RAILWAY SAFETY standards are under threat as contractors cut corners to meet tighter budgets and deadlines, a leading safety advisory body claimed this week.
In a survey by the Institution of Occupational Safety & Health of more than 900 safety officials working in the rail sector, almost a third reported that their companies were less committed to safety now than five years ago, and that the status of their role as safety officers had declined.
'This result was in sharp contrast to the wide range of other industry sectors, including construction, which we also surveyed, and causes us considerable concern' said IOSH head of technical affairs Stephen Fulwell.
He added that all the other sectors examined indicated equal or improving standards over the last five years. 'It is possible this perceived reduction in the rail sector is influenced by increasing difficulty in controlling the wide range of main and subcontractors that have evolved since privatisation,' said Fulwell.
The survey coincided with the latest Health & Safety Executive analysis of the rail industry which revealed a near 100% hike in deaths last year on the network - 47 compared to 25 the previous year, excluding deaths by trespass or suicide.
Fulwell stressed there was no evidence to link this increase directly to railway contractors but added: 'These results highlight the need to maintain a sharper focus on safety requirements. We are setting up a special rail sector group within our 23,000 members to monitor safety standards.'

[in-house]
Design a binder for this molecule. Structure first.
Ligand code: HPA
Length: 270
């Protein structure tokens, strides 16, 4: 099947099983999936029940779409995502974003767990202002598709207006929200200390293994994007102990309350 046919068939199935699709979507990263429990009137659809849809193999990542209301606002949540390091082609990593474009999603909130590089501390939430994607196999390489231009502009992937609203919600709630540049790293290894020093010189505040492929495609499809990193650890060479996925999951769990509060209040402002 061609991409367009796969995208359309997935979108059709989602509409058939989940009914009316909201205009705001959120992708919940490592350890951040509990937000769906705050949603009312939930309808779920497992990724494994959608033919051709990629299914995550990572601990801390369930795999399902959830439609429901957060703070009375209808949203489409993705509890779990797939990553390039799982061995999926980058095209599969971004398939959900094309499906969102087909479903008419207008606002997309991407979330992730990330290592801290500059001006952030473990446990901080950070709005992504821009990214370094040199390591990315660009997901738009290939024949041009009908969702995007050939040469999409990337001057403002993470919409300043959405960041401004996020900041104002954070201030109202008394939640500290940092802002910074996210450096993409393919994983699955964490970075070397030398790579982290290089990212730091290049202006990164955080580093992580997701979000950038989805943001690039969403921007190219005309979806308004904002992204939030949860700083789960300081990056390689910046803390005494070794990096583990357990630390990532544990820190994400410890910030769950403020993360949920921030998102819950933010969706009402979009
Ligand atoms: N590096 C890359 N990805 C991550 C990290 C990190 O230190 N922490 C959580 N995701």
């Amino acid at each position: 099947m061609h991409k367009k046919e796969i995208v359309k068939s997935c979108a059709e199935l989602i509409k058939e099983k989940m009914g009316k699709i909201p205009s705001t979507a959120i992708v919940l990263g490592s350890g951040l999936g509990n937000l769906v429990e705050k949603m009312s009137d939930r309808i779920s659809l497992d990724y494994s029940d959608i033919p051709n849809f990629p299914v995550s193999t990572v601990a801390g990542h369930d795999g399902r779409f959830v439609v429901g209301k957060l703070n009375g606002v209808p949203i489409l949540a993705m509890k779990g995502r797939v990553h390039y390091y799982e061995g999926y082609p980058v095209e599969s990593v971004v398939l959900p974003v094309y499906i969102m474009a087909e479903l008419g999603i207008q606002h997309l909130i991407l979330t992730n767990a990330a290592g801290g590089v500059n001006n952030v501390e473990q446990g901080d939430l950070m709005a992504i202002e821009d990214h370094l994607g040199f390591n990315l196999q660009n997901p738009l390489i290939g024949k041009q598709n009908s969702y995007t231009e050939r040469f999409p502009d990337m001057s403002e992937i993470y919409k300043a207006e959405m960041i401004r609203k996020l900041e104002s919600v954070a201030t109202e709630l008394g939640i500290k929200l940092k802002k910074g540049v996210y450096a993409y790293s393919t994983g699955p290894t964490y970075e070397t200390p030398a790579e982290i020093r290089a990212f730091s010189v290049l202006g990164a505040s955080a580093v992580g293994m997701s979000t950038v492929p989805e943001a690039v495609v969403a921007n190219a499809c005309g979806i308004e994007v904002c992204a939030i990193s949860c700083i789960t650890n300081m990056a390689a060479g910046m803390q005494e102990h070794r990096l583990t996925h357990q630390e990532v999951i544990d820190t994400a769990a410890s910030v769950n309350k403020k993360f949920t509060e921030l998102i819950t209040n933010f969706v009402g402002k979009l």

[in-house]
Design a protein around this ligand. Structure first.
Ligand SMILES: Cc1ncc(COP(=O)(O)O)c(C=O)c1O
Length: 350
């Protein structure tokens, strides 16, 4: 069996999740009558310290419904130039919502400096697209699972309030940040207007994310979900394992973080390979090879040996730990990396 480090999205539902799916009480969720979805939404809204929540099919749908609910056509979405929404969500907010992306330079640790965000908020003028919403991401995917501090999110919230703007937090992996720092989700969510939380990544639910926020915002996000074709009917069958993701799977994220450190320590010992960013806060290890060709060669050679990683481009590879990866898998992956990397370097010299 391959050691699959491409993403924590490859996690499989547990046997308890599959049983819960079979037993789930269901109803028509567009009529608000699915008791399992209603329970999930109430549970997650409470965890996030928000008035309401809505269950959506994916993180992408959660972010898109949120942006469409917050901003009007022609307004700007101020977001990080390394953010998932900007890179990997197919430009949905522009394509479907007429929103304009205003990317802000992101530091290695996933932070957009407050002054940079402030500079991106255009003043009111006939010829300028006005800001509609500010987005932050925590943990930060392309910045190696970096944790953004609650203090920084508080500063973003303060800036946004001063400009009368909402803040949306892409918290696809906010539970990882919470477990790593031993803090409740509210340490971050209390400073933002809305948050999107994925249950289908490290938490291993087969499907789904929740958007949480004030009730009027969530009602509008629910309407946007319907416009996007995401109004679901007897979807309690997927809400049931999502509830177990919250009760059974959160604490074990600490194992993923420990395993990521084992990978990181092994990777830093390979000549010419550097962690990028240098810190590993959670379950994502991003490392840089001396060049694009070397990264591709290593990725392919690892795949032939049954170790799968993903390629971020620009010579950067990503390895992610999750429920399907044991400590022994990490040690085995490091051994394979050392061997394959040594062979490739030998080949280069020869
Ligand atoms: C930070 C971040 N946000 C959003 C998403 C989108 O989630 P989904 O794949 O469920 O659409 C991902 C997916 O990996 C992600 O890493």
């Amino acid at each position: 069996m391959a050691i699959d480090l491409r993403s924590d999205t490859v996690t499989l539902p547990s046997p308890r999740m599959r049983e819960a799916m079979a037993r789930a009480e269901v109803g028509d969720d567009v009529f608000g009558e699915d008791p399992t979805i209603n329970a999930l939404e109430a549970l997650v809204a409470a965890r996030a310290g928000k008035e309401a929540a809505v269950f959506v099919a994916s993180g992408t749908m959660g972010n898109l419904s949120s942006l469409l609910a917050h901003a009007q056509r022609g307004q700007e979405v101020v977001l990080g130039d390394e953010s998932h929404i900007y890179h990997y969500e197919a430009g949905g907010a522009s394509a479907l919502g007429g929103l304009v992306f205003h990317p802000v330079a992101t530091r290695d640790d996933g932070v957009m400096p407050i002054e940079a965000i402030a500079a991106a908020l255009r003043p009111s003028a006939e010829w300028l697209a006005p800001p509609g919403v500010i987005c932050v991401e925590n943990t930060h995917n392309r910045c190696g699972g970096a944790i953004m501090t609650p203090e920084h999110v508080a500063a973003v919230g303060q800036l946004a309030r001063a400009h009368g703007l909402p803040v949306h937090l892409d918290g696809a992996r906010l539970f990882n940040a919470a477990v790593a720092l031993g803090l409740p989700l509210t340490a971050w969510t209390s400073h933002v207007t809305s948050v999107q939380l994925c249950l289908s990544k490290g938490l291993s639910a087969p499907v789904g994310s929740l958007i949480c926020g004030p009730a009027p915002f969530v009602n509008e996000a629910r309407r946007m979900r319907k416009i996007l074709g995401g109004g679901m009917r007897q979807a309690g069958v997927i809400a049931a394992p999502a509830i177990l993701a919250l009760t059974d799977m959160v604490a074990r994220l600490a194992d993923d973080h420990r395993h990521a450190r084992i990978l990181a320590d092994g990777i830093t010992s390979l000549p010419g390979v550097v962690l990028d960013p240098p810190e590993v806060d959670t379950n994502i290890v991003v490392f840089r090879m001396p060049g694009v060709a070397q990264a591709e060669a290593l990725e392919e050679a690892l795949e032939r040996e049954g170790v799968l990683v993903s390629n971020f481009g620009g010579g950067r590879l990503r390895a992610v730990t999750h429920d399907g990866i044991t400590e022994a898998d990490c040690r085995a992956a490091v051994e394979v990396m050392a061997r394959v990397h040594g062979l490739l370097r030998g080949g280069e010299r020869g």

The HSE is also about to commission a study of the way rail contractors are controlled. A spokesman said this follows a scathing HSE report three years ago highlighting serious weaknesses in management of contractors.
The March 1996 report ordered Railtrack to instigate 10 key actions to improve its control of contractors. The HSE study will analyse progress since then.
HSE is currently prosecuting Railtrack and four of its contractors for negligence following two separate accidents - the derailment of a freight train at Bexley and severing a power cable at Bournemouth.
However, a Railtrack spokeswoman claimed that the perception of worsening safety standards was not borne out in practice. In the main, statistics showed an improving record, she argued. The company is now six months into a major review of its control over contractors aimed at identifying safety risks and formulating consistent solutions.